Full of tension over the issue of reason, Winckelmann affirms that to improve art means to “draw nearer to the truth of nature” (131). Just like Burke, he further complicates the issue, claiming that “truth springs from the feelings of the heart” (Winckelmann 64). In his view, the Renaissance artist was expected not only to portray truth to nature, but also to imagine and invent beauty (Winckelmann 33). Recognizing these ambiguities, Winckelmann says “beauty is one of the great mysteries of nature, whose influence we all see and feel; but a general, distinct idea of its essential must be classed among the truths yet undiscovered” (117). Plato taught that ideas, not nature, are ultimately real, and different from non-ideal physical manifestation. Then certainly, most men [producers, craftsmen, farmers, artisans, etc.] “would hold that the truth is nothing other than the shadows of artificial things” (Plato 515c). Under his Republic, real truth is only accessible by the extensively trained and properly socialized philosopher-kings. For Aristotle, truth is shown by experience, and it is also natural for all to delight in works of imitation. With tragedy “an imitation of an action,” he empirically establishes the close relationship between truth and imitation (Aristotle 11). In seeing images, what happens is that by viewing we understand and come closer to truth.


Aristotle also lays out the elements of successful imitation. The poet must imitate either things as they are, things as they are thought to be, or things as they ought to be. For Aristotle, the poet’s function is to describe not what has happened but what might happen. This requires imagination, for “the poet must be a maker of plots” (Aristotle 16). While the poet cannot change the tragic plot narrative, he must discover for himself how skillfully to handle the traditional materials, creating action unity (Aristotle 23). Nevertheless, “feeling is required for beauty . . . and must be aroused and restored by the imagination” (Aristotle 92). This beauty is like an “idea conceived without the aid of the senses, which might be generated in a lofty understanding and in a happy imagination” (Aristotle 132). Meanwhile for Burke, imagination is a desirable growth process considered in terms of how subjective taste can evolve and yet still be “universal” (16). Thus, taste is an objective principle found in all humans (Burke 20-21), that differs only in terms of subjective degree and not by measure. So great artists, like Michelangelo, possess a fertile imagination and taste to a higher degree (Winckelmann 87). The judgment structure (form) is universal, while the particular evaluation (content) is subjective, as “men of the best Taste by consideration, come frequently to change these early and precipitate judgments” (Burke 25). Paradoxically, Plato invokes more tensions relative to imagination, although perhaps aware of the conflict. Through proper training, imaginative mental modalities access higher-ideals, as a conception of absolute perfection.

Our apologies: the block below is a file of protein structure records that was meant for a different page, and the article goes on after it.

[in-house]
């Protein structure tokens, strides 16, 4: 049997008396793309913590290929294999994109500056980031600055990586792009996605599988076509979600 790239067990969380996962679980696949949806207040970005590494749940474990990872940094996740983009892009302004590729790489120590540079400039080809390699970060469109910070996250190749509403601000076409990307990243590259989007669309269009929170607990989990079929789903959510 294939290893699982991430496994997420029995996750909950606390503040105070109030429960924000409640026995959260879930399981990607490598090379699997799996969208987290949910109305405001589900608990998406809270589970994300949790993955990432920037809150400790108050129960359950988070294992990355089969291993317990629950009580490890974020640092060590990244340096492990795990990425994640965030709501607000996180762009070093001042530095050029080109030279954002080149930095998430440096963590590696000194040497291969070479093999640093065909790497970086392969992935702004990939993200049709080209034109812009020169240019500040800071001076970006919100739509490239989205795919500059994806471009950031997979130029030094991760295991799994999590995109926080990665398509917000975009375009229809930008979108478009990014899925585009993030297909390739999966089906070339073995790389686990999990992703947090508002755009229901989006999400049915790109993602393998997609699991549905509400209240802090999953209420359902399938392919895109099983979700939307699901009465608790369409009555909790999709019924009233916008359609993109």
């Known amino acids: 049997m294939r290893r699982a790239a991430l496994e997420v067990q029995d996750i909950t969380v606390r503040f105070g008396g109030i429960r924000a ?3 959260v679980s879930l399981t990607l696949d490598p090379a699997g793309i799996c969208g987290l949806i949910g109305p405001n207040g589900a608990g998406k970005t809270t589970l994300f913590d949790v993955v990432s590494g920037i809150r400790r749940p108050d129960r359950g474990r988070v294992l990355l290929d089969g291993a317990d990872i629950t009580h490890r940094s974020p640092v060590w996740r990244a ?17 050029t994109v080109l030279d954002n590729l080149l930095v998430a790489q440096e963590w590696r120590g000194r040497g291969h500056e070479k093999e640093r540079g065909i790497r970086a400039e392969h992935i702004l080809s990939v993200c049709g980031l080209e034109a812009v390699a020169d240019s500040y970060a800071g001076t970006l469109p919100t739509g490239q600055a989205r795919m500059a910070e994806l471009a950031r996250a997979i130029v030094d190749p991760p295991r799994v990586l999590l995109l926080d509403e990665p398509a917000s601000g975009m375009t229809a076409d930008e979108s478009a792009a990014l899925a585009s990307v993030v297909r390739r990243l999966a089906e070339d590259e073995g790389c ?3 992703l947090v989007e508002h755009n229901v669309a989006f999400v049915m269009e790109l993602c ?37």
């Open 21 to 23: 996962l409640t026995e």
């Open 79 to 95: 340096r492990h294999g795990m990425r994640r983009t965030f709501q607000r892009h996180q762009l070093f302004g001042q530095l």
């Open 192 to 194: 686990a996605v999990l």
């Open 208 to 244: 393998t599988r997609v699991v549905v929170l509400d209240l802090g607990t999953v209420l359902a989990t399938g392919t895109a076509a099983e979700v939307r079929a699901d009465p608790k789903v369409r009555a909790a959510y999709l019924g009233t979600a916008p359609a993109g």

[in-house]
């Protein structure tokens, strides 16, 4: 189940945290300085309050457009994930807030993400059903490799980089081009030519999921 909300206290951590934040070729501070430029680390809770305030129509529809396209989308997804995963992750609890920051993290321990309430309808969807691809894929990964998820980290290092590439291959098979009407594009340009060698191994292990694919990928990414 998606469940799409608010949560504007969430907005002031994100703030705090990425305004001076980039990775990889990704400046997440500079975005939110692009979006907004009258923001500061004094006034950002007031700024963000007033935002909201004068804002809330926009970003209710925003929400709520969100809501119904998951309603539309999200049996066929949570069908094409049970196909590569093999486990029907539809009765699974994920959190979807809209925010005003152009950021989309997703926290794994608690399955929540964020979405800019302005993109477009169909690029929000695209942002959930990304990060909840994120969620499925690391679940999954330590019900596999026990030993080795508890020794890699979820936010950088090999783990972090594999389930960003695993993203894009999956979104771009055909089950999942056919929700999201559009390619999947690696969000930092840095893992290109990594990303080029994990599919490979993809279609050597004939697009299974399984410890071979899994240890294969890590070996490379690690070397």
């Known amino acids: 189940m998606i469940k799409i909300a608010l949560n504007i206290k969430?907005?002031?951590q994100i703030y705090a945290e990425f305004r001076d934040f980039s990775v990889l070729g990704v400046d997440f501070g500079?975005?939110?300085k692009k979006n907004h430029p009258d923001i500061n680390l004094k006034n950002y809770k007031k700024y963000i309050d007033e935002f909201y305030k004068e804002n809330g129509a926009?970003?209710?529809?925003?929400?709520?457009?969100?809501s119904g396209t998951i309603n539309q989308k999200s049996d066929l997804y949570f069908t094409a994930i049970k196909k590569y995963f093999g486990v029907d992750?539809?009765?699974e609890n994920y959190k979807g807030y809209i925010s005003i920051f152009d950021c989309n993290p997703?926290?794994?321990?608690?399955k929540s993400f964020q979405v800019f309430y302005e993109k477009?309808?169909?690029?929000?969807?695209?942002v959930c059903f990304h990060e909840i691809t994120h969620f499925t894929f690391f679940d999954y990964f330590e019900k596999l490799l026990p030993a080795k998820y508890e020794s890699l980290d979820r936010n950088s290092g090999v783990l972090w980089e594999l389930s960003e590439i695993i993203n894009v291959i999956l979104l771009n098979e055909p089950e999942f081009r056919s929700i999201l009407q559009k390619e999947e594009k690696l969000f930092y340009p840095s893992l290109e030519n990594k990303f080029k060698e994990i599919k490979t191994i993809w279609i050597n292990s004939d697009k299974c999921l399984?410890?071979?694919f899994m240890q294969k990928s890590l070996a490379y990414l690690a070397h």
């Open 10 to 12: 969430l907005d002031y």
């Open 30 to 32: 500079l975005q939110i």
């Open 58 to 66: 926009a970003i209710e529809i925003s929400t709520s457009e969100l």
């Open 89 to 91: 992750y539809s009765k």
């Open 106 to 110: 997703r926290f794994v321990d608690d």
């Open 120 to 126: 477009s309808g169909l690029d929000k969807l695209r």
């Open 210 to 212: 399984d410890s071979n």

Plato identifies the Form of the Good as the highest value. This form is the one that allows a philosopher-in-training to advance to a philosopher-king. It cannot be clearly seen or explained, but once recognized allows realization of all other forms. In a unity of the virtues, to know the good is to be the good. In Plato's view, art has no access to this superlative value. For Aristotle, reason is the highest form of virtue, but it is by no means the key to possessing all virtues. In other words, Aristotle denies the unity of the good, recognizing the value of observation and experimentation, and the value of art. Winckelmann proposes that recombinations of the observed, to create idealized art forms, are virtuous. Hence “excellence in art and handiwork of every kind was particularly prized; the best workman in the most humble craft might succeed in rendering his name immortal . . . the uses to which art was applied sustained its greatness.” (Winckelmann 116). Art as imitation of an idealized empirical actuality, in this amalgamation, combines emotion and reason imaginatively judged by value.

Works Cited

Aristotle, and Hippocrates G. Apostle. Metaphysics. Bloomington: Indiana University Press, 1966.

Aristotle. Poetics. Trans. Malcolm Heath, London: Penguin, 1997.

Plato. Republic. Translated with an Introduction by C. D. C. Reeve. Indianapolis: Hackett Pub. Co, 2004.

Burke, Edmund. A Philosophical Inquiry into Our Ideas of the Sublime and the Beautiful. Edited by Adam Phillips, Oxford World’s Classics, 2009.

Winckelmann, Johann Joachim, and David. G. Irwin. Writings on Art. Translated by David. G. Irwin. London: Phaidon, 1972.